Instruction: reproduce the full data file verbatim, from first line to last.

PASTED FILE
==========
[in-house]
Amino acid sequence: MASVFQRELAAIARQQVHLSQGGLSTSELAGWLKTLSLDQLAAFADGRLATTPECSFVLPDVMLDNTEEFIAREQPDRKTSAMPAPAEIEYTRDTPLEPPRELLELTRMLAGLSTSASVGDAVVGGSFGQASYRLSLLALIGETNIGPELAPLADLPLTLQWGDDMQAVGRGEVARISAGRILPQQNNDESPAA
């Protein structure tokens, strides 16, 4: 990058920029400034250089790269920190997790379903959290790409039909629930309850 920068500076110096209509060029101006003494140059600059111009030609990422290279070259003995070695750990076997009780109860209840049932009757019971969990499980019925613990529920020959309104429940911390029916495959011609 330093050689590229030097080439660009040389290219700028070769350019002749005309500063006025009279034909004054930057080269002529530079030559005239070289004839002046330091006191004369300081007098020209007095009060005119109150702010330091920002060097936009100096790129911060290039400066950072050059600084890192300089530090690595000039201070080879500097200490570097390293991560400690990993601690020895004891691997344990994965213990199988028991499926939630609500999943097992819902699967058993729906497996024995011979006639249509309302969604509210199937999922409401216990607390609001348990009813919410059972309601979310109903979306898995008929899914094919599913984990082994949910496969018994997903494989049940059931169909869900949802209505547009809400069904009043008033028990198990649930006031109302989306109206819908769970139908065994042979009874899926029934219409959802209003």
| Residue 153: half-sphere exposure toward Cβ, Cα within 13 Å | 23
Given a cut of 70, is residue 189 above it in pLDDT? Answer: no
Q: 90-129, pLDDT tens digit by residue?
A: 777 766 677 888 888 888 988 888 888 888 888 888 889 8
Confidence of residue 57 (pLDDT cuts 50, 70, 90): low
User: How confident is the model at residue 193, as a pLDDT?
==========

[in-house]
Amino acid sequence: MASVFQRELAAIARQQVHLSQGGLSTSELAGWLKTLSLDQLAAFADGRLATTPECSFVLPDVMLDNTEEFIAREQPDRKTSAMPAPAEIEYTRDTPLEPPRELLELTRMLAGLSTSASVGDAVVGGSFGQASYRLSLLALIGETNIGPELAPLADLPLTLQWGDDMQAVGRGEVARISAGRILPQQNNDESPAA
């Protein structure tokens, strides 16, 4: 990058920029400034250089790269920190997790379903959290790409039909629930309850 920068500076110096209509060029101006003494140059600059111009030609990422290279070259003995070695750990076997009780109860209840049932009757019971969990499980019925613990529920020959309104429940911390029916495959011609 330093050689590229030097080439660009040389290219700028070769350019002749005309500063006025009279034909004054930057080269002529530079030559005239070289004839002046330091006191004369300081007098020209007095009060005119109150702010330091920002060097936009100096790129911060290039400066950072050059600084890192300089530090690595000039201070080879500097200490570097390293991560400690990993601690020895004891691997344990994965213990199988028991499926939630609500999943097992819902699967058993729906497996024995011979006639249509309302969604509210199937999922409401216990607390609001348990009813919410059972309601979310109903979306898995008929899914094919599913984990082994949910496969018994997903494989049940059931169909869900949802209505547009809400069904009043008033028990198990649930006031109302989306109206819908769970139908065994042979009874899926029934219409959802209003």
| Residue 153: half-sphere exposure toward Cβ, Cα within 13 Å | 23
Given a cut of 70, is residue 189 above it in pLDDT? Answer: no
Q: 90-129, pLDDT tens digit by residue?
A: 777 766 677 888 888 888 988 888 888 888 888 888 889 8
Confidence of residue 57 (pLDDT cuts 50, 70, 90): low
User: How confident is the model at residue 193, as a pLDDT?